Mass effect: The Boston region has become a hotbed for life-science jobs, thanks to a constant push to meld research and industry


Scientists and entrepreneurs share lab and office space at LabCentral in Cambridge, Massachusetts.

By Neil Savage | Nature

Governments have long thought that if they could lure a multibillion dollar company to their area, smaller firms would grow up around it to provide goods and services, thereby creating jobs. A car manufacturer, for instance, would need parts and materials suppliers.

But the experience of Massachusetts and its booming life-sciences scene turns that old industrial model on its head. “If you can somehow attract small companies, those small fish will attract bigger fish,” says Barry Bluestone, a political economist at Northeastern University in Boston. “What they want to be is proximate to all these small firms,” he explains. “You really don’t have to support the big guys. They’ll come on their own.”

Those small companies do a lot of very early-stage research that large firms won’t spend the money on. A hundred small companies tackling a biological pathway for cancer, for example, have better odds of coming up with a solution than a big pharmaceutical company following just a few avenues of research. And if one of those start-ups comes up with a product, being located close by means the large corporation is perfectly placed to acquire the smaller company.

Massachusetts, and more specifically the Boston–Cambridge region, has created a dense life-science ecosystem. Research at universities and teaching hospitals has spun out into start-ups and fast-growing mid-sized firms, and the combination has lured pharmaceutical giants to the state, creating jobs and bringing in tax revenues. The life-sciences sector has grown out of decades of federal investment in basic research and more recent state efforts to boost the science-driven economy.

Employment in the life sciences in Massachusetts grew by 27% between 2001 and 2011, compared with 12% for the rest of the country (B. Bluestone and A. Clayton- Matthews Life Sciences Innovation as a Catalyst for Economic Development: The Role of the Massachusetts Life Sciences Center; The Boston Foundation, 2013). By the end of 2011, about 14 in every 1,000 residents were employed in the life sciences — a bigger proportion than any other US state.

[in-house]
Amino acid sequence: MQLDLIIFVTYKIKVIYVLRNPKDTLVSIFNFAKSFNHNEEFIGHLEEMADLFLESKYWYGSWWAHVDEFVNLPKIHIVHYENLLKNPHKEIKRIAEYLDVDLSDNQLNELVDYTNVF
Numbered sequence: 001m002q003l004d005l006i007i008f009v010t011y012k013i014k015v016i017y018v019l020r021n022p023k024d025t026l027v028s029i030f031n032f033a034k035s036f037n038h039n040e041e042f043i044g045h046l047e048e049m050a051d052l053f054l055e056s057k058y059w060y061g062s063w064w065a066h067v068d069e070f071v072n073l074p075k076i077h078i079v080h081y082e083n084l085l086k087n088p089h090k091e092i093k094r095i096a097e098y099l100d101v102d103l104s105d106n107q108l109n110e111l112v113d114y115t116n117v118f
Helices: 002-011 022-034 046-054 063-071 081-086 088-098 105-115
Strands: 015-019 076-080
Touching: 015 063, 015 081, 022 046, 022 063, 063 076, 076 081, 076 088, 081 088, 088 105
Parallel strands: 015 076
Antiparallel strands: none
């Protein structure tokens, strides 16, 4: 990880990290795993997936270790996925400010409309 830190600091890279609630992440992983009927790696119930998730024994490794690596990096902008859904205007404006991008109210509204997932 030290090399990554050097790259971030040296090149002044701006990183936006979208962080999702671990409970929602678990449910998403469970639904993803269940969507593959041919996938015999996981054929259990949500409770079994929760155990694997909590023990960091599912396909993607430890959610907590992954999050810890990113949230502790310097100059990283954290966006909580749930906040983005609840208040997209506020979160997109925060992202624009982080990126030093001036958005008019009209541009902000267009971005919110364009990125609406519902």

The Boston area is home to a rich collection of research universities, including Harvard University, Massachusetts Institute of Technology, the University of Massachusetts, Boston University and Worcester Polytechnic Institute, that have long pulled in substantial amounts of federal research funding. It is also home to world-class hospitals; of US independent institutes, Massachusetts General Hospital was the biggest recipient of National Institutes of Health (NIH) funding in 2014, receiving nearly US$350 million, followed by Brigham and Women’s Hospital, Boston Children’s Hospital and the Dana– Farber Cancer Institute, all of which are teaching hospitals for Harvard. In addition, the Kendall Square area, the epicentre of the boom, is home to independent research institutions, including the Broad Institute of MIT and Harvard and MIT’s Whitehead Institute for Biomedical Research. “I think one could credibly claim that we have the strongest concentration of research-based enterprises in the life-science area of any region in the world,” says Richard Lester, who studies innovation strategy and management at MIT.